Matt Lewis wrote this morning that Obama vs. Romney is starting to look a bit like a “Mac vs. PC” commercial. Here’s the RNC kinda sorta embracing that framework to make the point that what America has with The One is the policy equivalent of a Sad Mac. Lewis:
Republicans, of course, will claim the contrast favors them — that last night demonstrated a serious candidate talking about serious issues — versus someone “slow-jamming” with a comedian (while the economy crumbles).
But it also reminds me that the Obama vs. Romney clash creates a PR/optics problem for Republicans: Policy aside, Obama seems cool — while Romney seems more like The Man. (This might not matter. Voters might decided they personally like Obama, but that they want a technocrat to fix the economy. Sometimes we need The Man!)
Brand images, though, often outlast political campaigns. And from a purely superficial standpoint, the GOP — especially if Romney makes a milquetoast running mate pick — risks reinforcing its image as your father’s party.
Yeah, I’m not so sure that President Romney or even candidate Romney would turn down Fallon’s invitation to do a segment like this in order to pander to young adults and soften Mitt’s image as a patrician stiff. He sees enough opportunity to peel some young voters away from Obama that he was willing to break with congressional Republicans on extending the student-loan interest rate. Supposedly, he’s already considering an appearance on SNL. The only reason he might not do it is if, per this ad, he and his team decide to try to use Obama’s likability advantage against him by portraying him as frivolous and disengaged. That’s hard to do with an incumbent, though; voters see Obama at work in one format or another virtually every day. So the SNL guest shot is a fait accompli, I’d bet, although Team Romney will likely insist on a gag more dignified than this.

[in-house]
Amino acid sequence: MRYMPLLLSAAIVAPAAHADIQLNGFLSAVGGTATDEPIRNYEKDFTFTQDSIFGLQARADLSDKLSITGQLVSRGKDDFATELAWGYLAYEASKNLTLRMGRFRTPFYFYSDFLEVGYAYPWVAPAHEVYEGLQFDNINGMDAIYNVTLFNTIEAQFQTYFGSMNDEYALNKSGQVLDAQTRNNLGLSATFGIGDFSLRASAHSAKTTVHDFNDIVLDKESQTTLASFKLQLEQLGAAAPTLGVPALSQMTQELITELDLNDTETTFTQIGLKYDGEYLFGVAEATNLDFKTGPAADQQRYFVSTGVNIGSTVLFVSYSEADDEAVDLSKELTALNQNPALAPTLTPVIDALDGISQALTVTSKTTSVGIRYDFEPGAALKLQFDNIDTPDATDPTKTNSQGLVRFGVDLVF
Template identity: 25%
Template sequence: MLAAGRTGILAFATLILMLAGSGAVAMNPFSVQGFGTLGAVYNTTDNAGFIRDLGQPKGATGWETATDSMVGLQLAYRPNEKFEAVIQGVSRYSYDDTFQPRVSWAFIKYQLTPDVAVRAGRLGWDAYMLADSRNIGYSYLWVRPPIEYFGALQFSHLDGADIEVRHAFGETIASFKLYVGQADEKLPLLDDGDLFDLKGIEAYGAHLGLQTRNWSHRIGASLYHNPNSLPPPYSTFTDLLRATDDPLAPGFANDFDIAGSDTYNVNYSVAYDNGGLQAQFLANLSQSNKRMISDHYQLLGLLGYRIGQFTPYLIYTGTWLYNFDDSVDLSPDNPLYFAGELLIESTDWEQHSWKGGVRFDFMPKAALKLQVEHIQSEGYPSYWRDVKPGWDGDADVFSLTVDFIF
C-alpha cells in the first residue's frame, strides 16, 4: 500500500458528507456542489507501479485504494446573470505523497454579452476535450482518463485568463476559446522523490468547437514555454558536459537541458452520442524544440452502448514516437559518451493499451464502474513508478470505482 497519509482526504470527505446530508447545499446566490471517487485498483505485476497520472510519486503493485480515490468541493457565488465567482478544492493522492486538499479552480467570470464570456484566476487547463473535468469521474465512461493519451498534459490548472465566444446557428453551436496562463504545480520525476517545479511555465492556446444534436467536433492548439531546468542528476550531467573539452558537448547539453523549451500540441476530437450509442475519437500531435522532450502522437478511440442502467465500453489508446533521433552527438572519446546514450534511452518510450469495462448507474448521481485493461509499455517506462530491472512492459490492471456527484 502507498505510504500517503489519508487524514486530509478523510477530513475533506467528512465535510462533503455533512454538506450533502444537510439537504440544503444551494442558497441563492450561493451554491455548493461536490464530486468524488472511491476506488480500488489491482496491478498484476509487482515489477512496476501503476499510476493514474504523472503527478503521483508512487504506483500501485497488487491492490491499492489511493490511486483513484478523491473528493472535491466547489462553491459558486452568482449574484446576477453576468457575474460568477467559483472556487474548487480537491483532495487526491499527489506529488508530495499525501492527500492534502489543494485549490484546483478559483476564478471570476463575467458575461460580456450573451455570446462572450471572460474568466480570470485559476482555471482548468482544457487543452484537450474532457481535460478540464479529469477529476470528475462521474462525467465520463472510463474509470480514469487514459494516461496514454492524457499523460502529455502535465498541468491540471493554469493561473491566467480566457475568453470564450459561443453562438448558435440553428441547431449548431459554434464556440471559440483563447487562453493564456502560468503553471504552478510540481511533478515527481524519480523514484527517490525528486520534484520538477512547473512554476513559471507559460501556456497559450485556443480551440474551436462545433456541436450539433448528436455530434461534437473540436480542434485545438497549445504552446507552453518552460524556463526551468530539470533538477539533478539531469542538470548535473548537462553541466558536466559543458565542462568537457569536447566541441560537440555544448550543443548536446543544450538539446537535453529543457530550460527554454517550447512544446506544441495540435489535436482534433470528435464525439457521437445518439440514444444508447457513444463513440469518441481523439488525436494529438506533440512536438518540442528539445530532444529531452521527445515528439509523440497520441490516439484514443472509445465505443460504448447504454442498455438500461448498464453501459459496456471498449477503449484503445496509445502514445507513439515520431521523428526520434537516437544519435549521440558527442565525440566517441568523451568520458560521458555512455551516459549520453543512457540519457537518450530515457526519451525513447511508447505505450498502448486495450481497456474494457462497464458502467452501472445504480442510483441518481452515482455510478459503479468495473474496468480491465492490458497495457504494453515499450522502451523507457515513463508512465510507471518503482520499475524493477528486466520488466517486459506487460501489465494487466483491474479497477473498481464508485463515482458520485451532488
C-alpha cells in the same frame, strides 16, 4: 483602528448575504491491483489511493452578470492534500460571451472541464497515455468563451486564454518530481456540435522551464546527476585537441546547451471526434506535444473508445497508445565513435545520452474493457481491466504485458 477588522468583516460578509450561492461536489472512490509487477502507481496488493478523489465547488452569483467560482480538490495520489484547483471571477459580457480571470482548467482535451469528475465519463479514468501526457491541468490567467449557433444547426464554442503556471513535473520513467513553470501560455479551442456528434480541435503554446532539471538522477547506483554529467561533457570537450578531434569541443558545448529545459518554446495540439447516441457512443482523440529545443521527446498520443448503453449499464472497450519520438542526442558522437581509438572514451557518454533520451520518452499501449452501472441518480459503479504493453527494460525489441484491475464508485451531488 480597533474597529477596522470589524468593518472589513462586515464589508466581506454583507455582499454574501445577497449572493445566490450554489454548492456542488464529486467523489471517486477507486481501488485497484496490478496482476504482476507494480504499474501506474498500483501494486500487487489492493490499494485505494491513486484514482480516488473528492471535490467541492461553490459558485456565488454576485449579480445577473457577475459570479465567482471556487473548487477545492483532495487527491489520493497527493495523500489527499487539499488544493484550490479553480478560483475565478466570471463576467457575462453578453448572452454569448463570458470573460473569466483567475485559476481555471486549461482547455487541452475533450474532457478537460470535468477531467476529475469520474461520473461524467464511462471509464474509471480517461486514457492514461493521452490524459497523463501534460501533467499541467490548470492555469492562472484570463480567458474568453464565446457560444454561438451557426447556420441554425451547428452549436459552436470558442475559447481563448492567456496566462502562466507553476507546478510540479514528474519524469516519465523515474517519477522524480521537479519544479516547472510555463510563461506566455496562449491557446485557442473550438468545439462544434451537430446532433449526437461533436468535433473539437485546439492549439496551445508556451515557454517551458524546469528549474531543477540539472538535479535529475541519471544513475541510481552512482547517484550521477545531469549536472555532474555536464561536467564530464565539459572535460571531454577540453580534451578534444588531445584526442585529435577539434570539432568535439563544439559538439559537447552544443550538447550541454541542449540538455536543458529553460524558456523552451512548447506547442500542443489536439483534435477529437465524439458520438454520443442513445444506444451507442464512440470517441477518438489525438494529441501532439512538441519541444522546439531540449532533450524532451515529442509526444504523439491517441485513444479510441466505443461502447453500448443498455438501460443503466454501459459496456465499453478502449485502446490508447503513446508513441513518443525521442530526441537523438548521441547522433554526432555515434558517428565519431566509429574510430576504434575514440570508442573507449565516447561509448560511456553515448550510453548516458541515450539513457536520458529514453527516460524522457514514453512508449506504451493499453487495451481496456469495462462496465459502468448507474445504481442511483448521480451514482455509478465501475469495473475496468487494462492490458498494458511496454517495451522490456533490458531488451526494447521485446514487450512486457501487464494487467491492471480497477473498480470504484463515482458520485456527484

Two clips here, one of the ad and the other, via Greg Hengler, of MSNBC gushing so profusely over the “slow jam” bit that they felt obliged to half-kiddingly acknowledge their bias. Exit question: Would O have agreed to do this if he was as strong among young voters this year as he was in 2008? Remember, the Fallon appearance was scheduled as part of his two-day panderfest to college students and other under-30 voters. He’s worried about his margin in that demographic this time, especially given how high unemployment is for recent graduates. If embarrassing himself by playing Abbott to Jimmy Fallon’s Costello for three minutes turns out a few extra kids in November, hey.
Update: The logic of the ad in one line: “If voters think on election day that Obama is the cool one, but Romney is the competent one, Obama will lose.”